Pope admonishes wine-loving, luxury-seeking bishops
VATICAN CITY – Pope Francis warned against the idolatry of money and luxury in the Church, particularly among bishops, in his sermon during mass at the Casa Santa Marta on Monday, Vatican sources report.
The apostle Paul’s letter to Titus inspired the pontiff’s reflections, in which Paul wrote that a “bishop must be without crime, as the steward of God.” During his sermon, Francis invited all bishops to ask themselves the question, “Am I a steward of God, or am I a businessman?”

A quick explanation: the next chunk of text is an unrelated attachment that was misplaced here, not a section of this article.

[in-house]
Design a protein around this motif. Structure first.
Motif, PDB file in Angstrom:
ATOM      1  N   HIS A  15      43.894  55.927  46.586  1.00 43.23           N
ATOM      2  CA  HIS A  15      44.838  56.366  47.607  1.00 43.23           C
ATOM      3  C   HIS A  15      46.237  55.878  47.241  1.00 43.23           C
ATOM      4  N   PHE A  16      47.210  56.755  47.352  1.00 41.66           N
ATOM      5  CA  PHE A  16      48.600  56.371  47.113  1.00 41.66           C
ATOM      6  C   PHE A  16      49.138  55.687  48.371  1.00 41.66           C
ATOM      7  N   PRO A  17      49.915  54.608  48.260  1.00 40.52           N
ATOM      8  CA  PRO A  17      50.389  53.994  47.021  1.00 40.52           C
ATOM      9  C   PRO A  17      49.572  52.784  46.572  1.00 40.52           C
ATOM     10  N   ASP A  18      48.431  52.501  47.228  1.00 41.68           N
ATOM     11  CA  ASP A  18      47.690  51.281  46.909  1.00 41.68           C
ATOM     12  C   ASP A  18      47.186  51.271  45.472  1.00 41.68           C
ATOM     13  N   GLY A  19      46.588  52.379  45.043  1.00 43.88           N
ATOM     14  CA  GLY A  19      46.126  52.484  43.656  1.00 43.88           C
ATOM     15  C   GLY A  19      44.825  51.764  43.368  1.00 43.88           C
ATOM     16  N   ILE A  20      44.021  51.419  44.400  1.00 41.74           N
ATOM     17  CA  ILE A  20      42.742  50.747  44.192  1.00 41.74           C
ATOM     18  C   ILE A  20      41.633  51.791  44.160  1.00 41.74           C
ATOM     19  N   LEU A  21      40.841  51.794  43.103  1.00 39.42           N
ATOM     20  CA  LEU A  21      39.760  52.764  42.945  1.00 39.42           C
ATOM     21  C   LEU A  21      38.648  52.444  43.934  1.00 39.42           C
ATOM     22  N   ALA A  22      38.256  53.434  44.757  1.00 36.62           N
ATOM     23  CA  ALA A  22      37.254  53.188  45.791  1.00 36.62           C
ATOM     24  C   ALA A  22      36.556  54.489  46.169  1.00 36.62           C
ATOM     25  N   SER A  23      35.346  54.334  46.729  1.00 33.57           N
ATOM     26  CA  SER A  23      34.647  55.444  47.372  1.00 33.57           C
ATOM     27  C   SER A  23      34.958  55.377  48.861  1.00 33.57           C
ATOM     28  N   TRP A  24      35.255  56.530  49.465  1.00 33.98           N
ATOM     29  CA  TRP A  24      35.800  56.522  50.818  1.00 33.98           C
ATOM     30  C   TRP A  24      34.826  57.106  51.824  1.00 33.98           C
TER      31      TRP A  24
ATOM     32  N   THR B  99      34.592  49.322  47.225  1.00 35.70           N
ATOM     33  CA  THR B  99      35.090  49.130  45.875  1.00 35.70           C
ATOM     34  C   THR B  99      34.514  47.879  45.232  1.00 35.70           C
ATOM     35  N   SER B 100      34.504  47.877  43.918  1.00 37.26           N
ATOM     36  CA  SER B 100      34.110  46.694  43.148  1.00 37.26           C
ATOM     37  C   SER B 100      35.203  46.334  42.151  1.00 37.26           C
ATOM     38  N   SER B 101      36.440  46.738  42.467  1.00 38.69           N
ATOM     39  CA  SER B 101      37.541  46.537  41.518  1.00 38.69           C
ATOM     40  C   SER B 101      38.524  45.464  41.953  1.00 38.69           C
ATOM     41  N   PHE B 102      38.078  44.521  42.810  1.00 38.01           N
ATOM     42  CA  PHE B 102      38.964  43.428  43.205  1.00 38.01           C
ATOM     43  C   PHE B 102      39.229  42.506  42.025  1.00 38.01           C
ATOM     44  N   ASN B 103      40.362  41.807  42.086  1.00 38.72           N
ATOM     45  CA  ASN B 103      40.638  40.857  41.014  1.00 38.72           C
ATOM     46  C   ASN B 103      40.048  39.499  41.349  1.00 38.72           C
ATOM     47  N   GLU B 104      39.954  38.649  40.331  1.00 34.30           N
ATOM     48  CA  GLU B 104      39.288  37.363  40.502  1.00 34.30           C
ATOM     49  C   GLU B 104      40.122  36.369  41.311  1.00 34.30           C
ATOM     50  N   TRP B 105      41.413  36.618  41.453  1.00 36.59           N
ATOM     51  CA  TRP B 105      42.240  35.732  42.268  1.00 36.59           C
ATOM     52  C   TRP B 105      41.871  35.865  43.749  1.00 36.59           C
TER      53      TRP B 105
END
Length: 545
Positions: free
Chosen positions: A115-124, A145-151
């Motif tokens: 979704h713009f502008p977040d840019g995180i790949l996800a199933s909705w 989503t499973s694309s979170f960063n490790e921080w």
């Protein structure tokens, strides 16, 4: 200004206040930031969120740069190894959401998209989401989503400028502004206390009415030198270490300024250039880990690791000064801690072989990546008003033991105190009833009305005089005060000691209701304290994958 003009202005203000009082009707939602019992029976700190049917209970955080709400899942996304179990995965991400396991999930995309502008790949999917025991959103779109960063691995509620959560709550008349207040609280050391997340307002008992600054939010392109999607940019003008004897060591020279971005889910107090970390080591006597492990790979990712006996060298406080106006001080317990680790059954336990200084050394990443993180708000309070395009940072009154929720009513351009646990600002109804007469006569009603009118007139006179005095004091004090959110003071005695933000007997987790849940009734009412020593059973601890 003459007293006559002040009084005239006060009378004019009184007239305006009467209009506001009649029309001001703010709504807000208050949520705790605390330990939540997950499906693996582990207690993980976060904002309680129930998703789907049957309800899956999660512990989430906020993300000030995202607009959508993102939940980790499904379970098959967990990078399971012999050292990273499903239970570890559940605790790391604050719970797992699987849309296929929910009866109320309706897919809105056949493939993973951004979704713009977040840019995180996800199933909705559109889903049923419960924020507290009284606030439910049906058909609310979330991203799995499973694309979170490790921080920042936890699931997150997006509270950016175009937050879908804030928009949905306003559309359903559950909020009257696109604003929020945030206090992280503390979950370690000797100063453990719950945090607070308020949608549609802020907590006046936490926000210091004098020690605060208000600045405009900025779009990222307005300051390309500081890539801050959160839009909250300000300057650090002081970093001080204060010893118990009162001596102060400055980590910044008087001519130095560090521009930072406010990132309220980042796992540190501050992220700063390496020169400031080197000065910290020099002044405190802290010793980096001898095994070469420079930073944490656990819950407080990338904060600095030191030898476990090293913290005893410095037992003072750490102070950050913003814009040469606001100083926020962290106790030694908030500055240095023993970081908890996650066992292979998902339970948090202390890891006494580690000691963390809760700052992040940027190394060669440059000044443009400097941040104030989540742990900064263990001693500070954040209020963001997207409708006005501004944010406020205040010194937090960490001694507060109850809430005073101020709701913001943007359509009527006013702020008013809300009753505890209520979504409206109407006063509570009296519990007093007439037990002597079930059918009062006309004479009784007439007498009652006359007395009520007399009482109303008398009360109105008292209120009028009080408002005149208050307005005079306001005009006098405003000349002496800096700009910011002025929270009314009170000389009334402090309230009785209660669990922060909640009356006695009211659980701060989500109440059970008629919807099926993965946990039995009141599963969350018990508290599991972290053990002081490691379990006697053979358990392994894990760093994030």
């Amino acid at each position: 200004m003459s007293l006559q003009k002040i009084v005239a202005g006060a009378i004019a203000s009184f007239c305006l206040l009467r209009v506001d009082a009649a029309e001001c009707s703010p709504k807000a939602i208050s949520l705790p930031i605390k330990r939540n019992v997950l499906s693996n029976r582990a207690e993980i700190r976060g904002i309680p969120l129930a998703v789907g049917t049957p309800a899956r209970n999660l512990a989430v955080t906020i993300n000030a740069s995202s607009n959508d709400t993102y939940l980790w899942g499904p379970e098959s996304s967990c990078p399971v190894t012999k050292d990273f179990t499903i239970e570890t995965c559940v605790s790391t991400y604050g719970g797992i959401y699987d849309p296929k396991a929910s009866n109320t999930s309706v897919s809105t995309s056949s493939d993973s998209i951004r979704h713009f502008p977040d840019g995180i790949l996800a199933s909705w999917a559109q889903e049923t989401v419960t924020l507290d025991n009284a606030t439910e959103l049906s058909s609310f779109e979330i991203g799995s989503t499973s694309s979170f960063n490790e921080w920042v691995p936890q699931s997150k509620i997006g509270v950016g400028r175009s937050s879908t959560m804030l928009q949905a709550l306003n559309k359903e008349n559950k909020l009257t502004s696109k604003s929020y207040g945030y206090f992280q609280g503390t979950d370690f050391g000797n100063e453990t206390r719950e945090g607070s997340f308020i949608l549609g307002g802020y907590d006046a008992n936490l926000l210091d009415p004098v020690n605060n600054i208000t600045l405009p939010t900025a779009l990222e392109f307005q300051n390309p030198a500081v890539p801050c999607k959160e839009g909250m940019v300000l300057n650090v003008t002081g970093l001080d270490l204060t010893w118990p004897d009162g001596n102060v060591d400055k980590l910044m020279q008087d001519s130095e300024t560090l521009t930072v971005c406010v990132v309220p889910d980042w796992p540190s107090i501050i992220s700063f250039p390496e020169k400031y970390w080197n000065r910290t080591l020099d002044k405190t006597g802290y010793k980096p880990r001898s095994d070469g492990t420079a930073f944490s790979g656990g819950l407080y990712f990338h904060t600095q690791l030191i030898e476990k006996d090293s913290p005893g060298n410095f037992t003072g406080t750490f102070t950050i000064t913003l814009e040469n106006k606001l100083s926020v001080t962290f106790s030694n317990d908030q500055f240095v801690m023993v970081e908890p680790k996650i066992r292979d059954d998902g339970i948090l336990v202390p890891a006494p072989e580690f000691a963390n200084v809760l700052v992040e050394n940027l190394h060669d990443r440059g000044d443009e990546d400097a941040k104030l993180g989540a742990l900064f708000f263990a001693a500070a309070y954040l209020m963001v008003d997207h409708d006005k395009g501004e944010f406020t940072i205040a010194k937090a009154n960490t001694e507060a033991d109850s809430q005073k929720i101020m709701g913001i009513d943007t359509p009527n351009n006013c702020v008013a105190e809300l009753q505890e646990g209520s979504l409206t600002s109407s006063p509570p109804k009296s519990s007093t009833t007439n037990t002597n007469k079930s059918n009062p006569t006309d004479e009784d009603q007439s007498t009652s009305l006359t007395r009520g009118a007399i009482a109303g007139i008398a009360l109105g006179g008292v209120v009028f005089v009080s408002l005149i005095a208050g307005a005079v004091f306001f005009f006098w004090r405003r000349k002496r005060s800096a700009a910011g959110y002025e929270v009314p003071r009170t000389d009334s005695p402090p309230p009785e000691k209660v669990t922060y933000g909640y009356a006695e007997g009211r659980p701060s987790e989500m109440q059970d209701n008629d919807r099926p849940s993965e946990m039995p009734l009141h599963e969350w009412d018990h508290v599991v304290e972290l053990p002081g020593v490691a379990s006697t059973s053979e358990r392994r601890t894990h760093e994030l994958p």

The pontiff also gave strong reminders that those representing God should not be “devoted to wine...nor attached to money.” “It is a calamity for the Church,” he continued, “if a bishop has even one of these qualities,” speaking against those in Catholic leadership who have been better motivated by money and luxuries than by the dissemination of the Gospel.
The fundamental nature of this problem within the Church was also underlined by Francis at the mass, as he concluded that “order cannot be upheld in the Church” without the bishops’ adherence to Biblical values.